Tandem:

Tandem Axles

A set of axles spaced close together, legally defined as more than 40 and less than 96 inches apart by the USDOT. Drivers tend to refer to the tandem axles on their trailer as just "tandems". You might hear a driver say, "I'm 400 pounds overweight on my tandems", referring to his trailer tandems, not his tractor tandems. Tractor tandems are generally just referred to as "drives" which is short for "drive axles".

Dry Van:

A trailer or truck that that requires no special attention, such as refrigeration, that hauls regular palletted, boxed, or floor-loaded freight. The most common type of trailer in trucking.
Susan D. 's Comment
member avatar

I carry leather palmed work gloves to save my hands wielding that 30lb sledgehammer I use to knock out bracing for forklifts, opening trailer doors, etc. And a pair of rubberized fuel resistant gloves. . For fueling obviously.

Truckin Along With Kearse's Comment
member avatar

When I got to Prime I bought a pair of ****ie sneakers and a pair of carhardt boots. Buying them in MO instead of NJ saved me over $100 no lie. 8 have a pair of 10 dollar gloves I got from a truck stop and they ate sturdy abd I threw then in the washer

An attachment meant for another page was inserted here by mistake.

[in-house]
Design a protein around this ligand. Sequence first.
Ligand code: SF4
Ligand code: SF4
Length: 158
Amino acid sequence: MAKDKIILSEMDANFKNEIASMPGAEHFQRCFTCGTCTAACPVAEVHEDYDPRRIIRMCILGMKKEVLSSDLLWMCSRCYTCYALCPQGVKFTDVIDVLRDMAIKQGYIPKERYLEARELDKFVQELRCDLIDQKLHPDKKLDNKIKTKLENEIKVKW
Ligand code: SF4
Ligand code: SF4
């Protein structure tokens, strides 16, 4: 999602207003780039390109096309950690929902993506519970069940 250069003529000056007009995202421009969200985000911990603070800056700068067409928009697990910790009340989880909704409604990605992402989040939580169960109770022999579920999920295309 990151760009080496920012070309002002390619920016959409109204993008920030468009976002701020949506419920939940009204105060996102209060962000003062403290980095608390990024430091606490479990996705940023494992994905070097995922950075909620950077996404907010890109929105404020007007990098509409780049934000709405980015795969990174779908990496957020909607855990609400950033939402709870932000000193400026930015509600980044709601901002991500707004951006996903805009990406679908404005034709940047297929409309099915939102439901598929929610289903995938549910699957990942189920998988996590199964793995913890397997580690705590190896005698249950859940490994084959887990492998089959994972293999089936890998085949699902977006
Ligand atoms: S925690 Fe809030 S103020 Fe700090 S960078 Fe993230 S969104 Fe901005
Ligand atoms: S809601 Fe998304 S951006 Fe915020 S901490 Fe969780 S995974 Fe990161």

Errol V.'s Comment
member avatar

I carry leather palmed work gloves to save my hands wielding that 30lb sledgehammer I use to knock out bracing for forklifts, opening trailer doors, etc. And a pair of rubberized fuel resistant gloves. . For fueling obviously.

Expect to go through two of three pairs of gloves in a year. The only time I've found that I need & use them is working with the trailer. Especially some of those landing gear cranks have sharp edges and I'm thankful for the leather protection. I have a pair of plastic palm jersey gloves for fueling. Harbor Freight - yeah!!

HOS:

Hours Of Service

HOS refers to the logbook hours of service regulations.
Sonnydogg's Comment
member avatar